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Abstract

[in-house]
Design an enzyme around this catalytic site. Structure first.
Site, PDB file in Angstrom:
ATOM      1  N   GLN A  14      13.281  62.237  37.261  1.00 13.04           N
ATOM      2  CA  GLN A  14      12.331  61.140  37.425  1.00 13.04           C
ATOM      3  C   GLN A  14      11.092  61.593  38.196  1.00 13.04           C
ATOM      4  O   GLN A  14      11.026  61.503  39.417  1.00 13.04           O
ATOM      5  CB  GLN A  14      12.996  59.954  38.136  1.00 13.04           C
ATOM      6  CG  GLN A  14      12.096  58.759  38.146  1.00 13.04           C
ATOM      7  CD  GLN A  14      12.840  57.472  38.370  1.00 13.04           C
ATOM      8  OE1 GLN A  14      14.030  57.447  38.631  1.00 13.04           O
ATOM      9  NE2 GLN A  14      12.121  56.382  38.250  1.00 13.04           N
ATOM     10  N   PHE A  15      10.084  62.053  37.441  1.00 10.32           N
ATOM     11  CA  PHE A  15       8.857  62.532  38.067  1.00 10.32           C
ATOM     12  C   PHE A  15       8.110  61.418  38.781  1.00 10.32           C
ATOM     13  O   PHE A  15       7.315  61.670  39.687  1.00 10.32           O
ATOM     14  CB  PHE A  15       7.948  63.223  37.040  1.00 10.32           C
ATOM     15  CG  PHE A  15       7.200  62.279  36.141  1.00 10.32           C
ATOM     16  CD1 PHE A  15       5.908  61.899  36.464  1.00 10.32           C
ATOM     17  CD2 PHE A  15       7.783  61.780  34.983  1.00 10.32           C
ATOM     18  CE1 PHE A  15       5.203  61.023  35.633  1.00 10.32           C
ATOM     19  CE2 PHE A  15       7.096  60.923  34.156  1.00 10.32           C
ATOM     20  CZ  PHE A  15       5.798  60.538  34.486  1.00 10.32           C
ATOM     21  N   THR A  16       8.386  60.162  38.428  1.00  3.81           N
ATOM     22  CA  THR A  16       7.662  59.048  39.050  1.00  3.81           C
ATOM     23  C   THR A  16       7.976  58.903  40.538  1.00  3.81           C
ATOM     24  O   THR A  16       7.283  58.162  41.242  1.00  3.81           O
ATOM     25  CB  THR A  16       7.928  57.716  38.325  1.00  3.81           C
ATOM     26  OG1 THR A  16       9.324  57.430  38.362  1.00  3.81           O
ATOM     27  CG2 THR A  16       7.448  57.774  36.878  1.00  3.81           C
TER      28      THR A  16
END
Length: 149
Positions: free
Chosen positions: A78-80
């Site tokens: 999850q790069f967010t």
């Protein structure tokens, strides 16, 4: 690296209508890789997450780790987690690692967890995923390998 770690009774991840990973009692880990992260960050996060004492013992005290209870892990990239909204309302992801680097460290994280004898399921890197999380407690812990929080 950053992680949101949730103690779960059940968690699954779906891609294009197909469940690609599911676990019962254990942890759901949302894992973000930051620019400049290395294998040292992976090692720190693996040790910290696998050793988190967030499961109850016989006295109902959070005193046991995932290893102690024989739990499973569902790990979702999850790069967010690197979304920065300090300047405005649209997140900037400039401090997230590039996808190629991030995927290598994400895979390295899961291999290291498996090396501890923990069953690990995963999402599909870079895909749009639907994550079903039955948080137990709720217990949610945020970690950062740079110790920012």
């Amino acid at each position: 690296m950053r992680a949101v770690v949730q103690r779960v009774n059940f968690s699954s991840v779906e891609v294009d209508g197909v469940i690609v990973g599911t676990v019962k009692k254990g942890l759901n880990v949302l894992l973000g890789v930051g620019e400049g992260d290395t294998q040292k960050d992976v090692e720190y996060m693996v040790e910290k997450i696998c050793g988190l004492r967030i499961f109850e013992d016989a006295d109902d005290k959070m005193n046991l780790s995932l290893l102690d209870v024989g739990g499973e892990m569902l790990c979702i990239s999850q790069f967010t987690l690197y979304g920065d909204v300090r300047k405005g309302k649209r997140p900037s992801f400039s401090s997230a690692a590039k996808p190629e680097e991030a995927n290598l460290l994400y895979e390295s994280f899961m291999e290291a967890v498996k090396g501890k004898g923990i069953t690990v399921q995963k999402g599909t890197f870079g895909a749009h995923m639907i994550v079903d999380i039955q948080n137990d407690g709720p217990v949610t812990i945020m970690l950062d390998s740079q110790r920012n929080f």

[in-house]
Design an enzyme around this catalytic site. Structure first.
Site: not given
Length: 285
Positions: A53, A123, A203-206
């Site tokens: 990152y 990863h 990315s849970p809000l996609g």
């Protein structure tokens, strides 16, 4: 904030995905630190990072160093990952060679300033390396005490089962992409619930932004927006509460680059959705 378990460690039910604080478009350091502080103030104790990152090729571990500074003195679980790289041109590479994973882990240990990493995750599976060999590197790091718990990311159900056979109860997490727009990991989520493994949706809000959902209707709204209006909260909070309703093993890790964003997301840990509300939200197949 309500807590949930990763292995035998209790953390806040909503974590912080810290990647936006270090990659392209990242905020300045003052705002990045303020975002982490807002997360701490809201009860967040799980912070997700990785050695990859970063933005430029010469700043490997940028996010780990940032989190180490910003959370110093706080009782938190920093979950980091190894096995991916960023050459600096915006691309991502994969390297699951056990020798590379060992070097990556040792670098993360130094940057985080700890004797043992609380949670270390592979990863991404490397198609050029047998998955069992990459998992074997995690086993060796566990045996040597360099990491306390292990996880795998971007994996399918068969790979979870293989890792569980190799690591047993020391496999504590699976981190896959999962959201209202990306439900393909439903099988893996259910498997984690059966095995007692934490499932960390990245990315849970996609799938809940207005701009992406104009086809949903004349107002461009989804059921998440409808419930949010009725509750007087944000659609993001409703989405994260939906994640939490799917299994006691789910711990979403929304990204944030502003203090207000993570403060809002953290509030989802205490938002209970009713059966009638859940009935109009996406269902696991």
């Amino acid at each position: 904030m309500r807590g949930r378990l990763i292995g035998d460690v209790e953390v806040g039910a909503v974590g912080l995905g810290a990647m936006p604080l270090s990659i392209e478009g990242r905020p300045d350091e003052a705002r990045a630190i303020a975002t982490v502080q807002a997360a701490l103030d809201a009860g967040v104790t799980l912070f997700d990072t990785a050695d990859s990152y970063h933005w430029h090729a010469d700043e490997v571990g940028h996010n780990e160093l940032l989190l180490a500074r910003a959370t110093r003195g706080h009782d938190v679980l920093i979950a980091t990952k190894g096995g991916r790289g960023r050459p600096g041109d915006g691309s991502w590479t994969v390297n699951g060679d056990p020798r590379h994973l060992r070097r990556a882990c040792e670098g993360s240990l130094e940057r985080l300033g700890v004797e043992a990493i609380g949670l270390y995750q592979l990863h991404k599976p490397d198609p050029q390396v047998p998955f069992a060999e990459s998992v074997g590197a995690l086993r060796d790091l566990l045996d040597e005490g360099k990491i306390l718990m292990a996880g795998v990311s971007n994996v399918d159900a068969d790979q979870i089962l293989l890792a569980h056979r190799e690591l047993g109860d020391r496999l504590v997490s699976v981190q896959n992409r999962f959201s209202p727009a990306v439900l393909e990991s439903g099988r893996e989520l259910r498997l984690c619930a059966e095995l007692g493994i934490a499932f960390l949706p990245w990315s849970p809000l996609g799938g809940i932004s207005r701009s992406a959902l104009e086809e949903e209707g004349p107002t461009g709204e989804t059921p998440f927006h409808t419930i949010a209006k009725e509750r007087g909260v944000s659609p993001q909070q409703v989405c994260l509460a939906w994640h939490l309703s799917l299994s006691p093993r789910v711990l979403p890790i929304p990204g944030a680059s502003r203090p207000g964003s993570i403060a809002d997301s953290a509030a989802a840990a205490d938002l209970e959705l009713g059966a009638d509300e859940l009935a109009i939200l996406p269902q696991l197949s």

Rural communities seeking strategies to enhance the well-being of their youth must have local data for guidance. As a concept, developmental youth assets is increasingly used in measuring the psycho-social health of adolescents. This longitudinal study focuses on a cohort of over 200 youths residing in a rural community located in northeast Ohio. This five-year study observes trends of eight assets and the use of three substances. Results show that a decrease in asset scores took place between the sixth and eighth grade while the use of substances increased between the eighth and tenth grades. Additionally, outcomes show that youths coming from households without two parents have lower assets scores and higher substance use rates compared to youth residing in two-parent households. Strategies used by this community upon obtaining results are discussed.

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